Presentation on theme: "Youth Who Thrive Developed from a review of the critical factors and effective programs for 12-25 year olds Prepared for the YMCA of Greater Toronto and."— Presentation transcript:
Youth Who Thrive Developed from a review of the critical factors and effective programs for 12-25 year olds Prepared for the YMCA of Greater Toronto and United Way Toronto By The Students Commission of Canada and the Social Program Evaluation Group at Queen’s University
To thrive, young people need to experience positive results, or outcomes, in three areas: learning or cognitive feeling or psychological/emotional behaving or behavioural/social Youth Who Thrive LEARNING FEELING BEHAVING
Three critical factors to promote youth thriving in adolescence are: autonomy relatedness competence These factors were common across the major approaches to positive youth development which had the strongest supporting evidence.
Autonomy is: Input, voice, or agency in determining one’s own choices and acting upon personal interests, values, and goals. Autonomy outcomes include: Increased job exploration learning Higher self-esteem feeling More physical activity behaving
Relatedness is: A sense of belonging and connection with others. Relatedness outcomes include: Increased school engagement learning Less depression feeling More social interaction behaving
Competence is: Having skills to effectively achieve desired goals. Competence outcomes include: Higher school achievement learning Less depression and anxiety feeling Increased leadership behaving
Autonomy, relatedness, and competence are critical for navigating transitions through young people’s lives. Autonomy, relatedness and competence provide a simplified focus to track and tune-up existing programs.
Before programs can support youth to thrive, their basic needs have to be met: food, water, health, housing …. Some programs help meet basic needs.
Some other influences that affect thriving include family, friends, genetics, health, school, gender, poverty, environment, and youth programs. These influences interact, with interconnected effects. Some programs work directly on or with these influences to help youth thrive.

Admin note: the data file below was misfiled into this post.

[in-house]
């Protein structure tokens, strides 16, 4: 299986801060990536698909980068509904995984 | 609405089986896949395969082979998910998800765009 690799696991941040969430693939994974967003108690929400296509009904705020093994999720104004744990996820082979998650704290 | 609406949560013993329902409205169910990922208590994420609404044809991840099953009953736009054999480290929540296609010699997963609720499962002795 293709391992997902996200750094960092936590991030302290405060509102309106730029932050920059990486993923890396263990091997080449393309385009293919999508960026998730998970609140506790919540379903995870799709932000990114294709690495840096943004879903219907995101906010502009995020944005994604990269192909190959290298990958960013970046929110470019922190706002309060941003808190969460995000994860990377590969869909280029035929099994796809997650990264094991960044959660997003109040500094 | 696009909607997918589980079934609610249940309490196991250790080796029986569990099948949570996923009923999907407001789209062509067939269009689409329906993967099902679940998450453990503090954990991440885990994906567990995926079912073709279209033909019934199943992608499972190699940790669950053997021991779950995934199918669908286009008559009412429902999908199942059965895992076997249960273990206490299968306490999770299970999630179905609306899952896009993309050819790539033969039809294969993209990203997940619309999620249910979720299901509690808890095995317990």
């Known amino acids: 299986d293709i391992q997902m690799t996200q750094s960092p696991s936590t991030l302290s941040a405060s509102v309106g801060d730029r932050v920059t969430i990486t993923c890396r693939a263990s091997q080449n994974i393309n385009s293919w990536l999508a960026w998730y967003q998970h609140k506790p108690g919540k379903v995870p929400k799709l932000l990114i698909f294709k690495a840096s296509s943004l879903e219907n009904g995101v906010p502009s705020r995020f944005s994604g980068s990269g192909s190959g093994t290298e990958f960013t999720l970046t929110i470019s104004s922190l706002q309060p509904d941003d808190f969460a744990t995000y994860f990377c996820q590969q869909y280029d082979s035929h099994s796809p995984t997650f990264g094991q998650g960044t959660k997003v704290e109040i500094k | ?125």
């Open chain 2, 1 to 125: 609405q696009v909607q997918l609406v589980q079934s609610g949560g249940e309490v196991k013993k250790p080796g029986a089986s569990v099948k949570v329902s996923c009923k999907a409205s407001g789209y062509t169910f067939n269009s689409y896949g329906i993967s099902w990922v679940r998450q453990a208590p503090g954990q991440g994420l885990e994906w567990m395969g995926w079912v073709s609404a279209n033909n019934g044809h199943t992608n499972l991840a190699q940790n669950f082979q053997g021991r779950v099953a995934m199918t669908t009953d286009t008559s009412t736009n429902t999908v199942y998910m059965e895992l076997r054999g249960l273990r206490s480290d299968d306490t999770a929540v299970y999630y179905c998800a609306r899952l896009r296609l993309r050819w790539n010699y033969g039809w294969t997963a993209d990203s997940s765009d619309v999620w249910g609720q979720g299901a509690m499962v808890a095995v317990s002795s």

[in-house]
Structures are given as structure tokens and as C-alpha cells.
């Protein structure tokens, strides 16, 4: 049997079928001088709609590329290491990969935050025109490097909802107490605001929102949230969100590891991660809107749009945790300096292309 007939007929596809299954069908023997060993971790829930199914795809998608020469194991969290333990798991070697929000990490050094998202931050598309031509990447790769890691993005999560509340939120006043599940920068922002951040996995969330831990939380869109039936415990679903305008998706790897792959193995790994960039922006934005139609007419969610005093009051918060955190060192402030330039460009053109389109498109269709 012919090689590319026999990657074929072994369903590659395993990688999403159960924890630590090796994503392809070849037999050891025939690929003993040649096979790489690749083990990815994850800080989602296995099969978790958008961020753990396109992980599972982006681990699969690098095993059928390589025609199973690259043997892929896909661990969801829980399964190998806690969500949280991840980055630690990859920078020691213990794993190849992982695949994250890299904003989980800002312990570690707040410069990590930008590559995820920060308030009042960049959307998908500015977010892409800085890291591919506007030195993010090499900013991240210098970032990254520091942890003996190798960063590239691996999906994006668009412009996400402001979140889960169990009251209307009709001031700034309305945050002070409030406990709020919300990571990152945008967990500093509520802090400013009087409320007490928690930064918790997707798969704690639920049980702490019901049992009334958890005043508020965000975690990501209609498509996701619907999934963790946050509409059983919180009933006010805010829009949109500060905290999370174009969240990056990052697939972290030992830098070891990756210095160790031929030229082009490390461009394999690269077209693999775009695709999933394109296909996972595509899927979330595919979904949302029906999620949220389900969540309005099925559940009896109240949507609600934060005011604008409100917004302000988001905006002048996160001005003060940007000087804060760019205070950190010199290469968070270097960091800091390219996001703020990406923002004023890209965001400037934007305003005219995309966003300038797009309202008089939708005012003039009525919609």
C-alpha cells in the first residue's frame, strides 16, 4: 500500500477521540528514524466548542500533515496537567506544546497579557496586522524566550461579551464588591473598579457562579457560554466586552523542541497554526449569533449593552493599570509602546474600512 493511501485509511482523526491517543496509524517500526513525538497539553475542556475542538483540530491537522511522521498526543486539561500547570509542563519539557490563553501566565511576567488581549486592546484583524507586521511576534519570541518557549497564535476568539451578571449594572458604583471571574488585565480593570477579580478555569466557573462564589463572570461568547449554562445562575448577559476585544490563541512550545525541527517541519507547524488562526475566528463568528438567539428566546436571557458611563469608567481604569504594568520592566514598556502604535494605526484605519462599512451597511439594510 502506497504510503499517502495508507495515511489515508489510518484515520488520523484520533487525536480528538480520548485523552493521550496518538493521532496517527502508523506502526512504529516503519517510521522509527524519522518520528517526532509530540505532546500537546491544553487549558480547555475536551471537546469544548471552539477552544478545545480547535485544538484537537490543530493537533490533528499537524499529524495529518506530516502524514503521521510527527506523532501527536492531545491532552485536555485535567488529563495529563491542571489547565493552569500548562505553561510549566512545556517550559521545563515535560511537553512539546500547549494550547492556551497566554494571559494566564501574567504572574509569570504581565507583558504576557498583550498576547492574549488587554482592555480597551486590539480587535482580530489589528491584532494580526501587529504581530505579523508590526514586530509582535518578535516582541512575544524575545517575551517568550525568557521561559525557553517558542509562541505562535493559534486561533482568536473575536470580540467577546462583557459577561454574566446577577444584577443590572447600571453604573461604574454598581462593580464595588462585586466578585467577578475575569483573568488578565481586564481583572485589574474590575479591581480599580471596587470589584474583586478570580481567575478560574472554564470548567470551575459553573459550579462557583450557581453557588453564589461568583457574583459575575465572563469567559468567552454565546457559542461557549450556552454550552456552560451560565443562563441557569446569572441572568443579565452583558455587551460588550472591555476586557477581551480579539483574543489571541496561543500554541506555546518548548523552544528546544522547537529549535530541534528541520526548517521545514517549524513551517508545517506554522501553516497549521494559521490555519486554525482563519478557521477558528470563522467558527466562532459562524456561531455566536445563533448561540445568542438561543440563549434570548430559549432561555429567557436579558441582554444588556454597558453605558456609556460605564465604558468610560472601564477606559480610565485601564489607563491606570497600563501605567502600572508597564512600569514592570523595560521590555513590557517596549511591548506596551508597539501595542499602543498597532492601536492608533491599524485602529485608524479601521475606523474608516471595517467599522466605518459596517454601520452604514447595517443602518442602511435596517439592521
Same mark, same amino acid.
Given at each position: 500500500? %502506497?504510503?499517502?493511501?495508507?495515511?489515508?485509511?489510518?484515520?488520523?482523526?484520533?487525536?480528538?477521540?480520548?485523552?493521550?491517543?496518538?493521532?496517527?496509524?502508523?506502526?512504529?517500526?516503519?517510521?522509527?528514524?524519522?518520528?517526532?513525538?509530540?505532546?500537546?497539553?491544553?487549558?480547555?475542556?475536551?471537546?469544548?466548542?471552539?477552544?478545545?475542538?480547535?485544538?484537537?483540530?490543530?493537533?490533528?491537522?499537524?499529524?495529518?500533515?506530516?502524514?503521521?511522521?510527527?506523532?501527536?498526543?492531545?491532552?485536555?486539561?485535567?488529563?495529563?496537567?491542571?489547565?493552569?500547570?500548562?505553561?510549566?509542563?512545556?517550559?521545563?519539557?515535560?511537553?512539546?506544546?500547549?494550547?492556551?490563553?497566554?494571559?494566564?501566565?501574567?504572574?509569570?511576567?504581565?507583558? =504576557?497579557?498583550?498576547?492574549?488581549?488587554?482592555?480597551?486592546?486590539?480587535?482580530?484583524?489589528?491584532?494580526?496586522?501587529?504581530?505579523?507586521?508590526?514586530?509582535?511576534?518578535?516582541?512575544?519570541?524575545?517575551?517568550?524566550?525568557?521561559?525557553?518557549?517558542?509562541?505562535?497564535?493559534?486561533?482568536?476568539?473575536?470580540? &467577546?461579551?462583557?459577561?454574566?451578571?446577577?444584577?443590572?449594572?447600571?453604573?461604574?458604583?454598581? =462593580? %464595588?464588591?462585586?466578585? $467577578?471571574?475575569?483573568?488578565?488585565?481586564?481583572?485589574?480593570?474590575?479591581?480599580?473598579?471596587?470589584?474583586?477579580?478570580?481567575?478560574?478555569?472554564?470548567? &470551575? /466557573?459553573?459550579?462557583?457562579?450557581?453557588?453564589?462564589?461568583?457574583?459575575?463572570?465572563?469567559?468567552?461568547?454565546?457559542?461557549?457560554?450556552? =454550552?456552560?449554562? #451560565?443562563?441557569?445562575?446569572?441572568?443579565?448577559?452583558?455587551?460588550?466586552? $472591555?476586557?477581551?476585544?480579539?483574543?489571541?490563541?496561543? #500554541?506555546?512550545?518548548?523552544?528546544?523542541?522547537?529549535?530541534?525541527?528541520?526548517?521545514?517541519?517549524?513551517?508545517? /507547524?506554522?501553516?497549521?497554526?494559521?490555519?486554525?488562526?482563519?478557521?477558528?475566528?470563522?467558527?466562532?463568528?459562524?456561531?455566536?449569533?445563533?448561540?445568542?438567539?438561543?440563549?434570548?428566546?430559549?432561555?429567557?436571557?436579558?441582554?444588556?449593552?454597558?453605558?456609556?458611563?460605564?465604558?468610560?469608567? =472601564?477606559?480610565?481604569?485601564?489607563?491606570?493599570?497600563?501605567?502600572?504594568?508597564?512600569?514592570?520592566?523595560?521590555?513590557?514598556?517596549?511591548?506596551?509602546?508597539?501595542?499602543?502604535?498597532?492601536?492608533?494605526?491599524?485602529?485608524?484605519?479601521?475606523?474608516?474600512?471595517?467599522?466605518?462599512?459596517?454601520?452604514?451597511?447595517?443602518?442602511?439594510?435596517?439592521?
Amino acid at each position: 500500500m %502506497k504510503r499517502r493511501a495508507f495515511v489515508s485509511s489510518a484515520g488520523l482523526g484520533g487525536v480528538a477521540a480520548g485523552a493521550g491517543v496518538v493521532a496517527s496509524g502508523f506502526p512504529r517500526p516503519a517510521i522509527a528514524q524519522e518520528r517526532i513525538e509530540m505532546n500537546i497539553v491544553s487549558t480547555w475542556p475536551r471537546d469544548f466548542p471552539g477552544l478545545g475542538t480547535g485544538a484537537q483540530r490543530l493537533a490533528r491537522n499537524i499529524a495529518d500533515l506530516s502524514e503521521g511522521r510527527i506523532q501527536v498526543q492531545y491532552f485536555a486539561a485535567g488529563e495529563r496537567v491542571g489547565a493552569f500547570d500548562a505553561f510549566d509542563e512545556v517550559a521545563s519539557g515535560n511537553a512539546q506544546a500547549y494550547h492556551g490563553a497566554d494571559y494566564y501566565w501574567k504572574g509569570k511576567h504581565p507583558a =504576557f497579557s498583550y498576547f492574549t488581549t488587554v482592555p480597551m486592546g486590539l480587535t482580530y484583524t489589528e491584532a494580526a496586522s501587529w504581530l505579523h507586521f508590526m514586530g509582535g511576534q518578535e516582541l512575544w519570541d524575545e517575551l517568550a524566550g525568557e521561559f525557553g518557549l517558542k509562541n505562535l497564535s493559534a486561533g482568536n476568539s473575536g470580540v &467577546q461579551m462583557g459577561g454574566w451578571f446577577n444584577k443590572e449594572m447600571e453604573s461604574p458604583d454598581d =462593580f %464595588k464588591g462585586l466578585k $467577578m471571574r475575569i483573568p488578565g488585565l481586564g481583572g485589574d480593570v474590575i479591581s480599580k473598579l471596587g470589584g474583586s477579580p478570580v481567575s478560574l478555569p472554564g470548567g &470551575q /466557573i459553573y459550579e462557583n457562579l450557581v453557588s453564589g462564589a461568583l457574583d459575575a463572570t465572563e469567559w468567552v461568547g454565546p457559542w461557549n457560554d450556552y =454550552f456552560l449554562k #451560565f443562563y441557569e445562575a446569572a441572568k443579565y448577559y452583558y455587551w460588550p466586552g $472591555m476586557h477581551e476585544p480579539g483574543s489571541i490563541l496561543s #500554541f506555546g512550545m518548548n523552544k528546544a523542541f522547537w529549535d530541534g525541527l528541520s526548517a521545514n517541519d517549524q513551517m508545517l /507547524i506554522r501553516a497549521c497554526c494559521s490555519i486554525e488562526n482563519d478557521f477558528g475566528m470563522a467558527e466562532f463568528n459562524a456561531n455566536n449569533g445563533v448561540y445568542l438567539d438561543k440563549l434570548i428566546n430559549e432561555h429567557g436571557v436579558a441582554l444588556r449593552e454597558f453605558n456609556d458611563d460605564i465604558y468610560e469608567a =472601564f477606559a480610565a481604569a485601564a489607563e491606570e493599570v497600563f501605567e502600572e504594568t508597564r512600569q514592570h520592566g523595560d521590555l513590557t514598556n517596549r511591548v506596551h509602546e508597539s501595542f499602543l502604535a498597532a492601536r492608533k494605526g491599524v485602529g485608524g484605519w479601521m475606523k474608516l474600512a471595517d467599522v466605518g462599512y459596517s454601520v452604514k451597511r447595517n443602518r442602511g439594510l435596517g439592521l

Relatedness program features: Supportive relationships Opportunities to belong Positive social norms Integration of family, school and community efforts
Autonomy and Competence program features: Physical and psychological safety like they matter Appropriate structure Support for youth to be effective and feel like they matter Opportunities for skill building
Programs features shared across Autonomy, Relatedness and Competence features: Diversity of experience Customized youth programming
Effective youth programs help improve autonomy, relatedness, and competence. There are ten key features of effective youth programs: Supportive relationships Opportunities to belong Positive social norms Integration of family, school and community efforts Physical and psychological safety like they matter Appropriate structure Support for youth to be effective and feel like they matter Opportunities for skill building Diversity of experience Customized youth programming
Programs that promote autonomy provide youth: invitations to decide what they want to do invitations to decide how they want to do it assistance as needed Youth Who Thrive
Programs that promote relatedness provide: inclusive environments consistent youth-adult relationships that last at least 6 months frequent youth/adult contact, involvement, and closeness Youth Who Thrive
Programs that promote competence provide: opportunities for skill building, mastery over time opportunities to develop emotional, social, and cultural competences opportunities to interact with youth with diverse perspectives and backgrounds Youth Who Thrive
When youth are engaged in programs that support autonomy, relatedness, and competence, they experience thriving outcomes during adolescence and long-term health and well-being outcomes in adulthood. Long-term outcomes include: Physical, sexual, and reproductive health Psychological well-being and life satisfaction Achievement and lifelong learning Healthy relationships Employment Responsible citizenship
Research indicates that tailoring programs to youth is important. The demographic profile of Toronto is unique. More knowledge about tailoring programs to specific youth in the GTA is needed. Engaging youth in decision-making and input into programs is an effective way of tailoring programs for the unique demographics GTA programs serve.